|Road network length||956 km|
|Length of highway network||0 km|
|License plate code||WAG|
The Gambia, formally the Republic of The Gambia, is a small country in western Africa. It is the smallest country in mainland Africa. The surface area of ”The Gambia” is about a quarter of that of the Netherlands. The country has approximately 1.9 million inhabitants. The capital is Banjul, the largest city is Serekunda.
According to ABBREVIATIONFINDER, the Gambia is a small country in West Africa that actually encompasses the banks of the tidal river The Gambia. It is almost entirely enclosed by Senegal and measures 325 kilometers inland from the coast, but only 50 kilometers from north to south. The Gambia is a wide river which divides the country into a north bank and a south bank. The terrain consists largely of lowlands to low hills. The ‘Red Rock’ is the highest point in the country at 53 meters.
The country has a tropical climate with maximum temperatures between 30 and 34°C all year round. From November to May there is virtually no precipitation, but from July to September there is a lot of precipitation, so that on an annual basis there is still 1000 mm per year.
The country grew from 270,000 inhabitants in 1950 to 1.2 million in 2000 and almost 2 million today. See Gambia population density. The population is relatively urbanized by African standards, largely around the capital Banjul and in the suburbs. The suburb of Serekunda is bigger than Banjul itself.
The Gambia is home to many small ethnic groups, without one being the majority. English is the official language of The Gambia and is relatively widely spoken. Mandingo is spoken by 38% of the population, Fula by 21% and Wolof/Serer by 18%. Knowledge of French is also relatively high.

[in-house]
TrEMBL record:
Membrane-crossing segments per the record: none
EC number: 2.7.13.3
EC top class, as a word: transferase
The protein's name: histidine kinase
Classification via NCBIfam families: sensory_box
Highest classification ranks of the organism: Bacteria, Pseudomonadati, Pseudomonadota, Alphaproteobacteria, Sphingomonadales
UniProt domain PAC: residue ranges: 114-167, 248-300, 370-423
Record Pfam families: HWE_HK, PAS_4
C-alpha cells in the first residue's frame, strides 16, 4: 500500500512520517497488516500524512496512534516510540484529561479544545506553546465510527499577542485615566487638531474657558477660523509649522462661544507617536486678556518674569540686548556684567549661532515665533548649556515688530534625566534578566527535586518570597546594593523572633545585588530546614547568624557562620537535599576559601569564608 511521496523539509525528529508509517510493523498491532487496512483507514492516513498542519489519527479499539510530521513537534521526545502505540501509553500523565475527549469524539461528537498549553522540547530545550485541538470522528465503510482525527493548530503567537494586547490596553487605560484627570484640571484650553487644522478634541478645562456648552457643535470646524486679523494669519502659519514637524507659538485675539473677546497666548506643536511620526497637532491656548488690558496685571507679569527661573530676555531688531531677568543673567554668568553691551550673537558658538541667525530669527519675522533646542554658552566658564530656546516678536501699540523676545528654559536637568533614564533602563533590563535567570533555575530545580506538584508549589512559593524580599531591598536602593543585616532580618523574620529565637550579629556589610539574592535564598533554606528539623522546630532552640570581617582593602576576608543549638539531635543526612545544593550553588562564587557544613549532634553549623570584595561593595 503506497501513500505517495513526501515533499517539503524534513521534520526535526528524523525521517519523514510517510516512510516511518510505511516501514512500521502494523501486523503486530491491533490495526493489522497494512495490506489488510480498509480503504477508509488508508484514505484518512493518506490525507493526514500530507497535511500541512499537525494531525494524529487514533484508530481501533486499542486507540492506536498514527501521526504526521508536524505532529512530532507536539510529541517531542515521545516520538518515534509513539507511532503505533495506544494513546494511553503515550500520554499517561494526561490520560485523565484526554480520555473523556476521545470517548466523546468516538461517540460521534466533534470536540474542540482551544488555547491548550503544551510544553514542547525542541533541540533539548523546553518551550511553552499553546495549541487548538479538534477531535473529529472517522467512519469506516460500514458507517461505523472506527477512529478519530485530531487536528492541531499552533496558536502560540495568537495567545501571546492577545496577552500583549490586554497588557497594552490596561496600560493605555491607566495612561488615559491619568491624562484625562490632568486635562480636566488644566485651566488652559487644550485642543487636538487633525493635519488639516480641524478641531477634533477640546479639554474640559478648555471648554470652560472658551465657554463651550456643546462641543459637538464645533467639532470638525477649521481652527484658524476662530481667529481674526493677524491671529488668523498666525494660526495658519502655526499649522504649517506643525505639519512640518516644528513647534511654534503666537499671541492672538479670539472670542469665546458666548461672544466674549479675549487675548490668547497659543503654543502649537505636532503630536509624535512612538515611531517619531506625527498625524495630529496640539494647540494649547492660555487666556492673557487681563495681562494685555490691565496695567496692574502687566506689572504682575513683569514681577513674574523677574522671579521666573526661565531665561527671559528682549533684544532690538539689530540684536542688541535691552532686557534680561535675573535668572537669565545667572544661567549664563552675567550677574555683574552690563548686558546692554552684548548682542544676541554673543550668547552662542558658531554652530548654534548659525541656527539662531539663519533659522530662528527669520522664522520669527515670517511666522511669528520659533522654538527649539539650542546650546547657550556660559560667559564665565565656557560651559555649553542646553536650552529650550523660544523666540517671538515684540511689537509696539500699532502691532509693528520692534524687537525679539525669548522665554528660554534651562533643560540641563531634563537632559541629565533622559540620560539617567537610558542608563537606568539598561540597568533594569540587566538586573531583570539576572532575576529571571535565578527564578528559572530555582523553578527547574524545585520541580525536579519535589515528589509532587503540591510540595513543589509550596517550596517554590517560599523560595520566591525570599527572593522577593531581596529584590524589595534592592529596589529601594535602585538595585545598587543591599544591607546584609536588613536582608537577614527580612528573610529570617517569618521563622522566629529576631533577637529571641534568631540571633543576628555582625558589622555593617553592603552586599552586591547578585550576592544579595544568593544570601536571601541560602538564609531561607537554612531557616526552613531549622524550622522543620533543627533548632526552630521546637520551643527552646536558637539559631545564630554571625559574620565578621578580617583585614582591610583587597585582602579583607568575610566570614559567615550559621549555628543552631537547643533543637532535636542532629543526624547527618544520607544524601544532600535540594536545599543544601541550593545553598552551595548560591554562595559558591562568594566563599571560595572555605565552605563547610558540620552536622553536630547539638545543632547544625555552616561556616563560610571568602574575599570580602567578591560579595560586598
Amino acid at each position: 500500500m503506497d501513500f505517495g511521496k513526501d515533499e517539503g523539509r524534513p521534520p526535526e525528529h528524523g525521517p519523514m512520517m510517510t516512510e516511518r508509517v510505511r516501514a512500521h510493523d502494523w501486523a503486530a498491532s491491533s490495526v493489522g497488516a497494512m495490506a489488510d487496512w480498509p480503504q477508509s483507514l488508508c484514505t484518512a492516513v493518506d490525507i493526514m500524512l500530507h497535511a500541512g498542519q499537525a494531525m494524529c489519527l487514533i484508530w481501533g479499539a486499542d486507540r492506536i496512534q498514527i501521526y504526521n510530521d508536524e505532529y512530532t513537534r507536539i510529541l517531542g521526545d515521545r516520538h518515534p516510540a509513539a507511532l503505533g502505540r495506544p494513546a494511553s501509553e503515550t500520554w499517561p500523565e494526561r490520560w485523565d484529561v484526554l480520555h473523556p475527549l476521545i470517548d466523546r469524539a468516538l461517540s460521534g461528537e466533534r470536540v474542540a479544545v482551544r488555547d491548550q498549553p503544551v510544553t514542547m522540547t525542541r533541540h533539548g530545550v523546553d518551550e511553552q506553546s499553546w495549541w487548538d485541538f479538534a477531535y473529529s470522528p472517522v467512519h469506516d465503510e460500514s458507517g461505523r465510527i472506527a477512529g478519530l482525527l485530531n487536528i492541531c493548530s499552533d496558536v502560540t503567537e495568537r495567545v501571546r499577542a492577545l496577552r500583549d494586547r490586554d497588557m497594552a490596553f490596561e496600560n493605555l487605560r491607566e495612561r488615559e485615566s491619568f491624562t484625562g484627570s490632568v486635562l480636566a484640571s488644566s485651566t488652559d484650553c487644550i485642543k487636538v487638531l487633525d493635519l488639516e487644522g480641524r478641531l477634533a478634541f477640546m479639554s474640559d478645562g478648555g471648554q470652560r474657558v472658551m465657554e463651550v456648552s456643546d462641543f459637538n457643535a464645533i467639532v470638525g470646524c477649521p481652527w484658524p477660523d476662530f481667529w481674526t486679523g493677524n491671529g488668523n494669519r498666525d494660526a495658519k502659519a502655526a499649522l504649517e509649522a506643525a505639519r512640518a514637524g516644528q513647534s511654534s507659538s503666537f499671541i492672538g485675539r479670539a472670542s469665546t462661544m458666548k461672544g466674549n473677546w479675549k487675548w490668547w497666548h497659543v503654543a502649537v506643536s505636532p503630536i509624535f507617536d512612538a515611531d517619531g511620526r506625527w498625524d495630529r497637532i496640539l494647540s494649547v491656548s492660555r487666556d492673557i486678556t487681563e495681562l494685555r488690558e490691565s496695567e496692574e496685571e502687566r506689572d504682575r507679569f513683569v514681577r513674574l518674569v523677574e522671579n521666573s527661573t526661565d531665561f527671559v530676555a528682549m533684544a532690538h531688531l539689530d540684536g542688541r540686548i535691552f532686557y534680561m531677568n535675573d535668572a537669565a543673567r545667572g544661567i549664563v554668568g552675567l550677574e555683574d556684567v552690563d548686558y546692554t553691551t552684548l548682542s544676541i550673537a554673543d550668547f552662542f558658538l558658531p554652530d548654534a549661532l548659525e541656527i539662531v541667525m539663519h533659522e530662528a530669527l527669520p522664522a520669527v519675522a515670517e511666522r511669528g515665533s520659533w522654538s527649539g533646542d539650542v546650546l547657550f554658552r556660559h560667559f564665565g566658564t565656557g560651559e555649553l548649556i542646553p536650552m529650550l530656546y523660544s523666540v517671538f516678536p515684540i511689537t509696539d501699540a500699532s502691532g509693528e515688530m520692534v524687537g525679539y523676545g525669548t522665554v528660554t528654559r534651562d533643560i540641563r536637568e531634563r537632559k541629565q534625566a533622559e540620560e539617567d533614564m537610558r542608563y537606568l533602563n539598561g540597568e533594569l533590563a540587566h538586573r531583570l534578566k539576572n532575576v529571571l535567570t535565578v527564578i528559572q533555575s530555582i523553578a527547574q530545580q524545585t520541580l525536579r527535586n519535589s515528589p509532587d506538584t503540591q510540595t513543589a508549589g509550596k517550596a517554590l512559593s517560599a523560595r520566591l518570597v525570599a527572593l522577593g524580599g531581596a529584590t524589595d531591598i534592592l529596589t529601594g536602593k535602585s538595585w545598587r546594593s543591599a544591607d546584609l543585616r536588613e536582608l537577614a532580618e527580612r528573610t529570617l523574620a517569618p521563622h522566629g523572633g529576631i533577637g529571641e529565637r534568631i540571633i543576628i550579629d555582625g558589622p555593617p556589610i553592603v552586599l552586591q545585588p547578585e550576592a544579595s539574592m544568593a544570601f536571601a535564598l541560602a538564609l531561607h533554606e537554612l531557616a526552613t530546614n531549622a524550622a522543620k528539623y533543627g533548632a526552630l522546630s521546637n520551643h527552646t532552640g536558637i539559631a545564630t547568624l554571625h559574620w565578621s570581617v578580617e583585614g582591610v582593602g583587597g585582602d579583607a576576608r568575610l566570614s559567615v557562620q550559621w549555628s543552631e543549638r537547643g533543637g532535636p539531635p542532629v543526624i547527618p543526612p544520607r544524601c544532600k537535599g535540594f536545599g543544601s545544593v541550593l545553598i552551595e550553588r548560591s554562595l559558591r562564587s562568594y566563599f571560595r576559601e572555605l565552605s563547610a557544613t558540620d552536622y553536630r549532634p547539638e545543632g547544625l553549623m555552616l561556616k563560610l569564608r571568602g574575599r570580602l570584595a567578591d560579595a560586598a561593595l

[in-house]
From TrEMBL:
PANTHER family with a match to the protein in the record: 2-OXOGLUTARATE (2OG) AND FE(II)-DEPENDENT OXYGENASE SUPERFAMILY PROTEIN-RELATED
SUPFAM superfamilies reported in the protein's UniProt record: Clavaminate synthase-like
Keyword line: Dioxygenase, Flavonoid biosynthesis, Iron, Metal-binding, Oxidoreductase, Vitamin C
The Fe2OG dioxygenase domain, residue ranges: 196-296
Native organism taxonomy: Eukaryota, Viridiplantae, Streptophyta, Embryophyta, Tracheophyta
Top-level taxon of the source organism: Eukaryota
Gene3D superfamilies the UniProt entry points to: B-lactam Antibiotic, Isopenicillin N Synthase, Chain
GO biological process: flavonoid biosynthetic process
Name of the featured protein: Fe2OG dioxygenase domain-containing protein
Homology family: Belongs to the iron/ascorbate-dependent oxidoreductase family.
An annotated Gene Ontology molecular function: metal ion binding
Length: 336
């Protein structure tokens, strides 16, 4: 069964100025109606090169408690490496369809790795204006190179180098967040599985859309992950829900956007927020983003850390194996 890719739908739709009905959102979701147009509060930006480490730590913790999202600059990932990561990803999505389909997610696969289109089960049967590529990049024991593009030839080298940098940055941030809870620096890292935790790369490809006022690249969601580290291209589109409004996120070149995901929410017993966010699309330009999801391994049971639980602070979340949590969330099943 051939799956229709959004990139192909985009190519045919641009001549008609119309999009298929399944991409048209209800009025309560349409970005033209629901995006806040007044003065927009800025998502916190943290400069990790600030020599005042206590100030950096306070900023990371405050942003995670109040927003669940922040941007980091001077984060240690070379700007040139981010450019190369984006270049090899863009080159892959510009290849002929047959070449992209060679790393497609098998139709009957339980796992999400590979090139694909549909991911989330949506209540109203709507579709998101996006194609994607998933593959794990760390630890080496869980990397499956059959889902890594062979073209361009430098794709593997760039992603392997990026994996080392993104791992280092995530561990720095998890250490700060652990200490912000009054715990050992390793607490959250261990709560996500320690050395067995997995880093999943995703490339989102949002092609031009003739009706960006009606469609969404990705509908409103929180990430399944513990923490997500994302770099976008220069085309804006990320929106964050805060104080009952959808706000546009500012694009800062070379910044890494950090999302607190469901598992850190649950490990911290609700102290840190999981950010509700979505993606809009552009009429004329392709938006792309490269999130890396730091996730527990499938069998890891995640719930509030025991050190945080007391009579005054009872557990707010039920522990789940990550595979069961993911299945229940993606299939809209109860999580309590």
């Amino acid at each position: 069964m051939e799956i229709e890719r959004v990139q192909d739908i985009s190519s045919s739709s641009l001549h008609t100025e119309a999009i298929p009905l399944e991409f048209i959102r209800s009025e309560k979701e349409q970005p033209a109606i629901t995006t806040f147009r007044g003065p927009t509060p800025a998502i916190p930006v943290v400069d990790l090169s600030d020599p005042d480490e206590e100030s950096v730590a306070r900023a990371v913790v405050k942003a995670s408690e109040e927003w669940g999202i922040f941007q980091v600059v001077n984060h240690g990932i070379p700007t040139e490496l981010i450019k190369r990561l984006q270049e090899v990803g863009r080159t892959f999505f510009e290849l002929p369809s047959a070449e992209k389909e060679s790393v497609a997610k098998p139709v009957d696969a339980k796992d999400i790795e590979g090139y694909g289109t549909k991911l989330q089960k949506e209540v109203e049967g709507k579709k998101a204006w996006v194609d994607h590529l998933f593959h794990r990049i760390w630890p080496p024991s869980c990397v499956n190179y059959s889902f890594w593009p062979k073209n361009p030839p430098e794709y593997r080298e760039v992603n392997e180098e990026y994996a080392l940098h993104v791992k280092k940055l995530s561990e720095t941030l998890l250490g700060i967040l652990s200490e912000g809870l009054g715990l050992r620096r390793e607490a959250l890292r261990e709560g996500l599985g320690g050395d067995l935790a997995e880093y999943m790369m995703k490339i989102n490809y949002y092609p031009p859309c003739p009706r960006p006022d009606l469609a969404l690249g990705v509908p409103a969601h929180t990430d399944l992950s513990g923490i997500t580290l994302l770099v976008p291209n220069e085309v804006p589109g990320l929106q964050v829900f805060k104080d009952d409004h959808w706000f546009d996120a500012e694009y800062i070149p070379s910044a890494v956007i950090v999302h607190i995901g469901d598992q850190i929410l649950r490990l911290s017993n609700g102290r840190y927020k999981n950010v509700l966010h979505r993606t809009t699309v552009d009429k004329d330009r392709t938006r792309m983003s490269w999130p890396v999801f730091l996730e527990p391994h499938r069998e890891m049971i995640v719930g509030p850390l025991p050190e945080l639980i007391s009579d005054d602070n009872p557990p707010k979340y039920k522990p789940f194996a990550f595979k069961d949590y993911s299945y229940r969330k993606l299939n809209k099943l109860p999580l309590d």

The Gambia is one of the poorest countries in the world. About 70% of the population works in agriculture. The country has virtually no raw materials or industry. Tourism does play a relatively important role, as an English-speaking destination with good weather. There is widespread poverty in rural areas.
The first foreigners in the area were Arab traders. From the Middle Ages, the area was part of the Kingdom of Mali. In the mid-15th century, Portuguese traders reached the coastal region. In 1588 the Portuguese sold the trade rights around the Gambia River to the English. From the late 17th century, the area was the scene of a power struggle between the English and the French. In 1783, in a treaty of Versailles, the rights over the Gambia River were given to the English. Bathurst was founded in 1816 as a military base, later to become the city of Banjul. The Gambia gained self-government in 1962 and became independent from the United Kingdom in 1965.
As an independent country, The Gambia has made a name for itself as a cheap tourist destination. The country has known no serious conflicts, but has seen political instability, and at times Senegalese interference.
The Gambia’s road network is limited, and actually consists of the North Bank and South Bank roads, which run along the banks of the Gambia. There were no bridges over the Gambia River in Gambia for a long time, the first bridge was located just outside the Gambia in Senegal. There are therefore a number of ferry services that are also used for traffic within Senegal so as not to have to make the long journey around The Gambia. There are no motorways in The Gambia, but there is a 2×2 road between Banjul and Serekunda and the airport of Banjul which is located at Serekunda. There are several border crossings with Senegal, almost all of which are paved. The paved road network is approximately 950 kilometers long, quite a lot for such a small country. In the center of Banjul all roads are paved, but in the suburbs this is not the case. Between 2006 and 2014 140 kilometers of the Trans-Gambia Highway was asphalted. Between 2015 and 2019 a bridge was built over the Gambia River south of Farafenni. The bridge opened on January 21, 2019. This was the first bridge over the river in the country.
There is no road numbering in The Gambia.
Signage hardly seems to exist in The Gambia.